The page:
Triggering updates to run inside the VMs could be an option, too, but you'd have to be careful that an impatient user didn't damage the VM if they interrupted it while it was updating. I'd go the route of patching the VM disk files, personally.


In my opinion, an appropriate answer depends on the target operating system, as the available tools differ greatly.

There can be an interesting turn in this workflow that can improve the process by making it reproducible, but also flexible. Let me try to explain how. This task, as you have described it (and if I have understood it properly), is based on building a golden image offline, and letting the sales department staff cloning it.

(It is not clear from the information you gave whether this staff should be able to modify the golden image or just use for demonstration purposes as it is distributed, that could spawn a ramification that I'm not considering below).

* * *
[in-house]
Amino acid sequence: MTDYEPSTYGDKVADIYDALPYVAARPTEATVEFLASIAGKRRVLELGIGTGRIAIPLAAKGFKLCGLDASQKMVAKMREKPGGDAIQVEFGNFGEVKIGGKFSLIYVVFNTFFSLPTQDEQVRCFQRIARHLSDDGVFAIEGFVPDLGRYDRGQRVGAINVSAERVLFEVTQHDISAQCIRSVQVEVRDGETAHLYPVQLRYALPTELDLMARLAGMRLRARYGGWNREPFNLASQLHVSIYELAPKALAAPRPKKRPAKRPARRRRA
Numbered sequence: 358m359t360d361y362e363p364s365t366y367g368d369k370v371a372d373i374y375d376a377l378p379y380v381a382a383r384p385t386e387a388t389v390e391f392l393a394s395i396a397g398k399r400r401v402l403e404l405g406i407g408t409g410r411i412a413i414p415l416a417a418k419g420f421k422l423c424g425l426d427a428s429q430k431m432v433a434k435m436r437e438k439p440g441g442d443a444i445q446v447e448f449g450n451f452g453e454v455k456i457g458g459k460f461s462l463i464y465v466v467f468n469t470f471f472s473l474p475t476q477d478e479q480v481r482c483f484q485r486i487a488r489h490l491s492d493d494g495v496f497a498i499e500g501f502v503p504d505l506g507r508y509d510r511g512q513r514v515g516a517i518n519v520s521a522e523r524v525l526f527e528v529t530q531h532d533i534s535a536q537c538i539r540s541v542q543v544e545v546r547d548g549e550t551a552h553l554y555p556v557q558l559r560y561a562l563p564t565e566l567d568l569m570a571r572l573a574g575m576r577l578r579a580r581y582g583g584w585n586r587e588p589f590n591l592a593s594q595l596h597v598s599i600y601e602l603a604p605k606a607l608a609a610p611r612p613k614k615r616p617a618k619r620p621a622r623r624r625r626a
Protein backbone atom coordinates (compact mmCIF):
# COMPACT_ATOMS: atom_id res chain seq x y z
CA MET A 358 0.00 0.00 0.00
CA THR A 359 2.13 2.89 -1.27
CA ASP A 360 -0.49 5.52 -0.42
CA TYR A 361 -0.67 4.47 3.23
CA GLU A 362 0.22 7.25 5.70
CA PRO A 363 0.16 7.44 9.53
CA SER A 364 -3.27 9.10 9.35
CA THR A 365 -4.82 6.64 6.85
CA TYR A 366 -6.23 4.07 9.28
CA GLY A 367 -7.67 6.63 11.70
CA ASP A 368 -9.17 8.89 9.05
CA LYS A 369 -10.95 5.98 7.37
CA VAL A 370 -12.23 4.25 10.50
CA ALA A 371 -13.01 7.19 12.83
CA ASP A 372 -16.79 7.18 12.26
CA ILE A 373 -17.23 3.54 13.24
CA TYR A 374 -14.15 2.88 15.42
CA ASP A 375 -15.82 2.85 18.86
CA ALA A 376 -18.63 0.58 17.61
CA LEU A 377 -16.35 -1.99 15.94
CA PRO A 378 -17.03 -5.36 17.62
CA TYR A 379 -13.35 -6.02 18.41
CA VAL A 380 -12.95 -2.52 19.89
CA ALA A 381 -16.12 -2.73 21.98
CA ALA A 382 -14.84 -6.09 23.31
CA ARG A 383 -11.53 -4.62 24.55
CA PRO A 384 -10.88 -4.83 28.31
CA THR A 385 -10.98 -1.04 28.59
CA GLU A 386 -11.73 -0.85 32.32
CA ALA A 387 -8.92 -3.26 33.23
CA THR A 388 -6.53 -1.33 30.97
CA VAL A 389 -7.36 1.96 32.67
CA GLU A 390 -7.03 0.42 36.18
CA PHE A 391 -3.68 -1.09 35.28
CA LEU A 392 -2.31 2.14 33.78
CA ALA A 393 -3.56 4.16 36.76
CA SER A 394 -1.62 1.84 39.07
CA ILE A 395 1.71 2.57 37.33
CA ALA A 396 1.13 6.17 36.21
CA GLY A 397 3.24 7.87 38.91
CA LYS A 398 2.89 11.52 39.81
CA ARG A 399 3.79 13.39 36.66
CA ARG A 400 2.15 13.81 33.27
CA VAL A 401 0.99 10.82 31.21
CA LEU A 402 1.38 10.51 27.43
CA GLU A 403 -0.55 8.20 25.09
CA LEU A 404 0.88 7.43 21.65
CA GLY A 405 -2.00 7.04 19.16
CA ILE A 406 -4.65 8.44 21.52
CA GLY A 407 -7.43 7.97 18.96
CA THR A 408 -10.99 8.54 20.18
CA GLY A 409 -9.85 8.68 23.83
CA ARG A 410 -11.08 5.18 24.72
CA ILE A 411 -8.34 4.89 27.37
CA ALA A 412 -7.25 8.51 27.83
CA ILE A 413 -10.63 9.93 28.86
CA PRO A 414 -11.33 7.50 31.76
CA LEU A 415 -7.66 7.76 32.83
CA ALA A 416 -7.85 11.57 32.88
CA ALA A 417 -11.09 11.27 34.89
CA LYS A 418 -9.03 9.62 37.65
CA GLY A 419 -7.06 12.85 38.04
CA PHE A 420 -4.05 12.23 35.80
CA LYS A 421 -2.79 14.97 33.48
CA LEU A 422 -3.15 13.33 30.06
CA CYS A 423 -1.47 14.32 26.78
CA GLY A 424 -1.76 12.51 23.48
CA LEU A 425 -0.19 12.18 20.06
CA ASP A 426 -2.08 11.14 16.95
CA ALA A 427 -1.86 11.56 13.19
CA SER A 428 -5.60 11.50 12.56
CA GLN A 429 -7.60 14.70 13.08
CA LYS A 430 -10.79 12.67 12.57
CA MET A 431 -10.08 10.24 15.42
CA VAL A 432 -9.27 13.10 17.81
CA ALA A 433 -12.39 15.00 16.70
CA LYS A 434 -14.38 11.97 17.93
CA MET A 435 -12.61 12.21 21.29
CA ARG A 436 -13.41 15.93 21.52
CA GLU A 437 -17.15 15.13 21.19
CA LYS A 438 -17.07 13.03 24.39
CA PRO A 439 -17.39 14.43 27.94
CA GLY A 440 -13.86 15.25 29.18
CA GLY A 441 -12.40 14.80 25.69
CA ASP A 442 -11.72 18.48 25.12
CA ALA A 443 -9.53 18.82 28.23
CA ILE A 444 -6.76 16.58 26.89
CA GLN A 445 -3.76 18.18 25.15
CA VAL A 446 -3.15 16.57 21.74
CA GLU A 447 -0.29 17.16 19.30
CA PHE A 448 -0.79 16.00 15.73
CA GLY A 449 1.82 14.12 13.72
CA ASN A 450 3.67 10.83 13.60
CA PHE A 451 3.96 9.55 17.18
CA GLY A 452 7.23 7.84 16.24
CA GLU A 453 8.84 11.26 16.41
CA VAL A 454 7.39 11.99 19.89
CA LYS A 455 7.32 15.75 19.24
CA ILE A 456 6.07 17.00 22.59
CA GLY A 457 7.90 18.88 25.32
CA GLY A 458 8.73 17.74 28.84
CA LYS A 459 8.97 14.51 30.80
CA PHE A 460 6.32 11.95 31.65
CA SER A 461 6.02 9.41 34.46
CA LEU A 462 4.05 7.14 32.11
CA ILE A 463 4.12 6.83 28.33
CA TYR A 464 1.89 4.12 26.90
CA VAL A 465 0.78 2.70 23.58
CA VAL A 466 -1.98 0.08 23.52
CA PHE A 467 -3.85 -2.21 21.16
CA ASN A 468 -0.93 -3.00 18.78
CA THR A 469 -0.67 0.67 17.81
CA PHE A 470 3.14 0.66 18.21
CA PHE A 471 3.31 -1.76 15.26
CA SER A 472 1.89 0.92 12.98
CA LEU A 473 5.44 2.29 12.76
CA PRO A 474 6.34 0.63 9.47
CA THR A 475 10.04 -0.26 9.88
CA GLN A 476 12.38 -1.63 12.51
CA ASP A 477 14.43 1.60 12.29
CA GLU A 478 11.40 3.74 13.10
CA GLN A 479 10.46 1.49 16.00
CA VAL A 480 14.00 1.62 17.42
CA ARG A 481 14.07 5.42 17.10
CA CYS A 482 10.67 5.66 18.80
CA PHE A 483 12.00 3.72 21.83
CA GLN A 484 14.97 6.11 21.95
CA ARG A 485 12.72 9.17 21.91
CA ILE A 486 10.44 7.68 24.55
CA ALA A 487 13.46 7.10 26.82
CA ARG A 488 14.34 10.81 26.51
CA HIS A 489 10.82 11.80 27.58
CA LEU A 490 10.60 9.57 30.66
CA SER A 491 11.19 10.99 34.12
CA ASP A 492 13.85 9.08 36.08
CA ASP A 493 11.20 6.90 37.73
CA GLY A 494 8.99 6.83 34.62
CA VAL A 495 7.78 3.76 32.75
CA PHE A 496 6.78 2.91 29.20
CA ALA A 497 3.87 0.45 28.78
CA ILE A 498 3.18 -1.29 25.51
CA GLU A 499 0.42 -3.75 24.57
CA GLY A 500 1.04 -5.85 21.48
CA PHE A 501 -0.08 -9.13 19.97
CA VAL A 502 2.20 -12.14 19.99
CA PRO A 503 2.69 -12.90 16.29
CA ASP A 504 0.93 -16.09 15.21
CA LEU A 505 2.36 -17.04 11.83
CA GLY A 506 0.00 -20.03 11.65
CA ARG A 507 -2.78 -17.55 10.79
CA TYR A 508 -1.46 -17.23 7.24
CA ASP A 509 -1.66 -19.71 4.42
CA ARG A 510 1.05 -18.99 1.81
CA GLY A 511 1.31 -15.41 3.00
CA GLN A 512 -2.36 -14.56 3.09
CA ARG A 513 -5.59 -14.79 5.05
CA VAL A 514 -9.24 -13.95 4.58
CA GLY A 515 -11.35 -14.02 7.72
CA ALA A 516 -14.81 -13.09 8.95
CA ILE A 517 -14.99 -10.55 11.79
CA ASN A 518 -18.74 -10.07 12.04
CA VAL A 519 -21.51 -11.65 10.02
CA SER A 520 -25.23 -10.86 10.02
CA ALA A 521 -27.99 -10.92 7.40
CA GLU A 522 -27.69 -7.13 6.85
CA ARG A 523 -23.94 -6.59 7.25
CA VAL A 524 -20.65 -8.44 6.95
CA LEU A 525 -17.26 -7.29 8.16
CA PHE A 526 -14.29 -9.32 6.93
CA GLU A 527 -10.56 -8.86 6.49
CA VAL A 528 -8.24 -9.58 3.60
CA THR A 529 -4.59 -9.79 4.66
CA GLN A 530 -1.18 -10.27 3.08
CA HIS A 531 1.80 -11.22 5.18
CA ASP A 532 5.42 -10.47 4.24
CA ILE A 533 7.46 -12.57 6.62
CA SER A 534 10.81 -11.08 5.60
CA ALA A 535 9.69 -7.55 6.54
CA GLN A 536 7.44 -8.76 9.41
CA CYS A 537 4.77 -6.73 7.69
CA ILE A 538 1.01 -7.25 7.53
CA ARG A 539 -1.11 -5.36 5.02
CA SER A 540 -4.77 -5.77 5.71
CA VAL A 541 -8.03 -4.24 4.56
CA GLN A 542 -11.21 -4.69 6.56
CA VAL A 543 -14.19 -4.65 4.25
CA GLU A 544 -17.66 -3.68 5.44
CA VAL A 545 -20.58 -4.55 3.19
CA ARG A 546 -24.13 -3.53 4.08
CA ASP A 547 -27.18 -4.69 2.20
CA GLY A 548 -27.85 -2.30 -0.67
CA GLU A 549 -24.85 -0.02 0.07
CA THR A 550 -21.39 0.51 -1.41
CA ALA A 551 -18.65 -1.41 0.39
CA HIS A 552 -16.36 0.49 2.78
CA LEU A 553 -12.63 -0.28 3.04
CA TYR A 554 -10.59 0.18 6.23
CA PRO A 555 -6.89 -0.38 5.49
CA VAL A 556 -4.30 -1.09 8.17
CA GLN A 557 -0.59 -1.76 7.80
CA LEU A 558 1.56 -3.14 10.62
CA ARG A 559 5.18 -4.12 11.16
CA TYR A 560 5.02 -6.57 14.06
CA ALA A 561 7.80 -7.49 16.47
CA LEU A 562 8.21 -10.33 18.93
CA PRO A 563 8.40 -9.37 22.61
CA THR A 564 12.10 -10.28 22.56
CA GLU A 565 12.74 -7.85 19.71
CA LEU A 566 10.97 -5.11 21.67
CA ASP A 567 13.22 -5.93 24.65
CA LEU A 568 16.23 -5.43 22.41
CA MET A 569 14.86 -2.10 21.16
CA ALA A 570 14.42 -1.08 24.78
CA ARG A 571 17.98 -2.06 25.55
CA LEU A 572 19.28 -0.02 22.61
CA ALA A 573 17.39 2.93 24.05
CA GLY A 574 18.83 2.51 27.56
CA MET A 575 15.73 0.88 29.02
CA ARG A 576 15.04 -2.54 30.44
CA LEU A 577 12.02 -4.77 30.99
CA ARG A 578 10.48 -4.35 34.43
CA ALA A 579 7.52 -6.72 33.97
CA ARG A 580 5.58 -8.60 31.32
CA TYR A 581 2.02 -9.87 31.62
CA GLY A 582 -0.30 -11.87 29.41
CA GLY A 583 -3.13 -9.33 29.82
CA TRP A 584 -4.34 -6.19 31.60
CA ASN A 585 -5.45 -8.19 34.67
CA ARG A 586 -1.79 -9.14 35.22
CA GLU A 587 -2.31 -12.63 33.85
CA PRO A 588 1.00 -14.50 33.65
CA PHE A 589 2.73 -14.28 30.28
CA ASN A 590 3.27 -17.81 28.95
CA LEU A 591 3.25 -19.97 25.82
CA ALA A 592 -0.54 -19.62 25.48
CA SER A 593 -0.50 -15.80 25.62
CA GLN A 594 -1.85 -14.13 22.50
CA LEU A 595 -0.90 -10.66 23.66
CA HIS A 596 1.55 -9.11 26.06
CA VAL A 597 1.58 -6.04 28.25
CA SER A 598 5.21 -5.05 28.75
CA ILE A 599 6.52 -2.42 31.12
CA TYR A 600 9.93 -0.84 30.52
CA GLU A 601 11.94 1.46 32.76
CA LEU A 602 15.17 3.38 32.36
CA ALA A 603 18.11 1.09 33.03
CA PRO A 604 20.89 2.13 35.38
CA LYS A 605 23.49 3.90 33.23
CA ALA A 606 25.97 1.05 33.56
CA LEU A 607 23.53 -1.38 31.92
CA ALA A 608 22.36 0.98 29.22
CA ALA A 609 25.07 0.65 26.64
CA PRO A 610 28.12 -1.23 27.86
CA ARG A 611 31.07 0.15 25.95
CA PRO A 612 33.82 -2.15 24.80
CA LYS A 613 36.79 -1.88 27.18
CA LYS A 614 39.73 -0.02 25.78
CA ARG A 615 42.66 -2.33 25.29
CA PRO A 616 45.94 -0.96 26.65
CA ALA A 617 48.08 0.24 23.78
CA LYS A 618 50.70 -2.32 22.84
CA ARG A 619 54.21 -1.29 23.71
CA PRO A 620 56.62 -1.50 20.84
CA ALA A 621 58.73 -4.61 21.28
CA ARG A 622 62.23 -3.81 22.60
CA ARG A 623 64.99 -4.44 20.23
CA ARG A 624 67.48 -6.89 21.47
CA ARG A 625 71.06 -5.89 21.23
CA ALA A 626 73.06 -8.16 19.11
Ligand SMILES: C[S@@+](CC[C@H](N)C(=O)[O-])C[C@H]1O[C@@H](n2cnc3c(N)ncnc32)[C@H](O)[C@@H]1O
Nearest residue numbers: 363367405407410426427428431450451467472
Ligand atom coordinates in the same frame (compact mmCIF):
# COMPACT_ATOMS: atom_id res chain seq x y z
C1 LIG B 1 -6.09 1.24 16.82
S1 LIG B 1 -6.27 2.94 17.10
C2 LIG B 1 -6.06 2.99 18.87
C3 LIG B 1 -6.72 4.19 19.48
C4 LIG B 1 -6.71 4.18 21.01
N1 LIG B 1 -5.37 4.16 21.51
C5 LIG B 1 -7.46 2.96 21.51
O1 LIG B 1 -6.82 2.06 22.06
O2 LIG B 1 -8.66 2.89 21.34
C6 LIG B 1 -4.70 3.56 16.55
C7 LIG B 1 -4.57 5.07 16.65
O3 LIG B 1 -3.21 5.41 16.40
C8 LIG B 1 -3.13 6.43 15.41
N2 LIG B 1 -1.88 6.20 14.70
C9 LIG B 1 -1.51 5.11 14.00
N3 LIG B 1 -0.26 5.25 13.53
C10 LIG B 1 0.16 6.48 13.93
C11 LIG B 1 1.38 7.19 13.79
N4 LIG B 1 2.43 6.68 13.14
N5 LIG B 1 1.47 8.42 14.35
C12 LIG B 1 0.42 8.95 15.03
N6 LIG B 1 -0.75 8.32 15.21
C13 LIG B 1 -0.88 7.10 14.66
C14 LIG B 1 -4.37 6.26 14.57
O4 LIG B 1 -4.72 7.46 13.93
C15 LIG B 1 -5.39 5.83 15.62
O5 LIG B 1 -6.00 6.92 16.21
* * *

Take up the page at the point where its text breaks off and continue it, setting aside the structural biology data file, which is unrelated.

So, in order to give at least a partial answer, these are my


  • the target platform (the Demo VM) is a GNU/Linux machine
  • the distributed software and its licenses are all packaged (or can be packaged) using the target OS's format (RPM, deb, ...). This can be handled in many ways:
  • there is a distribution point available that can handle both package and configuration management/distribution (does not need to be a single service/machine, this just tries to reflect the need of these services being centralized and available). Again, many different ways to handle this:
    • a cobbler server. Can manage different services, but the interesting ones would be TFTP, PXE, kickstarting, preseeding, i.e., the provisioning step. Alternatively, pulp can also distribute repositories (not only when requested by a client, but also actively from the server).
    • a configuration management system, such as puppet, ansible, salt, ..., i.e., the configuration step.
    • all the specific configuration that can't be bundled as-is in a package, is managed by the configuration management system and stored in a revision control system.

  • software other than VMWare's VMPlayer can be used to manage the virtualized system.

and some use cases:

- full-blown GNU/Linux virtual machines